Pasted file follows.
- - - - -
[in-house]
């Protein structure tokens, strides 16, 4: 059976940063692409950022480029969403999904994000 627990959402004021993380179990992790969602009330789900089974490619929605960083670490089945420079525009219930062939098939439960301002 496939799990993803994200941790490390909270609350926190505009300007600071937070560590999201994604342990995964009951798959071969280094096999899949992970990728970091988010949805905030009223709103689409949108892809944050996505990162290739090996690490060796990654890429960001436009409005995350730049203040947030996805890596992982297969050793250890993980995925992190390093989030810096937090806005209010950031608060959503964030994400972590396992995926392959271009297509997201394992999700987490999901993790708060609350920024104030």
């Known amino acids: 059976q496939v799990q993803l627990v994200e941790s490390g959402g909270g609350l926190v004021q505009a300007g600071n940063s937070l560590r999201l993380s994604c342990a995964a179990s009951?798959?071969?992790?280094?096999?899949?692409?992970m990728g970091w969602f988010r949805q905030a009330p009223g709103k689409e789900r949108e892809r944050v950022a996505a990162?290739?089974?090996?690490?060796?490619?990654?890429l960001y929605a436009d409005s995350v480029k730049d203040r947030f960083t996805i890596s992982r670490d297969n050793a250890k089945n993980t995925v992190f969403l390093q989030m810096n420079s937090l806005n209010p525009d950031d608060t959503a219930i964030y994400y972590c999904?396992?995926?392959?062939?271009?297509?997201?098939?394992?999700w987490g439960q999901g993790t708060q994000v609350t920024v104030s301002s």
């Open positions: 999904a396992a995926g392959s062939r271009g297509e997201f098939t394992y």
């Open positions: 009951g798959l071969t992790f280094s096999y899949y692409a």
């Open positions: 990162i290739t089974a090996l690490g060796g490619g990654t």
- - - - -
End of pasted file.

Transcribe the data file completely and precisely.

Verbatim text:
[in-house]
């Protein structure tokens, strides 16, 4: 059976940063692409950022480029969403999904994000 627990959402004021993380179990992790969602009330789900089974490619929605960083670490089945420079525009219930062939098939439960301002 496939799990993803994200941790490390909270609350926190505009300007600071937070560590999201994604342990995964009951798959071969280094096999899949992970990728970091988010949805905030009223709103689409949108892809944050996505990162290739090996690490060796990654890429960001436009409005995350730049203040947030996805890596992982297969050793250890993980995925992190390093989030810096937090806005209010950031608060959503964030994400972590396992995926392959271009297509997201394992999700987490999901993790708060609350920024104030």
């Known amino acids: 059976q496939v799990q993803l627990v994200e941790s490390g959402g909270g609350l926190v004021q505009a300007g600071n940063s937070l560590r999201l993380s994604c342990a995964a179990s009951?798959?071969?992790?280094?096999?899949?692409?992970m990728g970091w969602f988010r949805q905030a009330p009223g709103k689409e789900r949108e892809r944050v950022a996505a990162?290739?089974?090996?690490?060796?490619?990654?890429l960001y929605a436009d409005s995350v480029k730049d203040r947030f960083t996805i890596s992982r670490d297969n050793a250890k089945n993980t995925v992190f969403l390093q989030m810096n420079s937090l806005n209010p525009d950031d608060t959503a219930i964030y994400y972590c999904?396992?995926?392959?062939?271009?297509?997201?098939?394992?999700w987490g439960q999901g993790t708060q994000v609350t920024v104030s301002s």
């Open positions: 999904a396992a995926g392959s062939r271009g297509e997201f098939t394992y």
């Open positions: 009951g798959l071969t992790f280094s096999y899949y692409a």
């Open positions: 990162i290739t089974a090996l690490g060796g490619g990654t």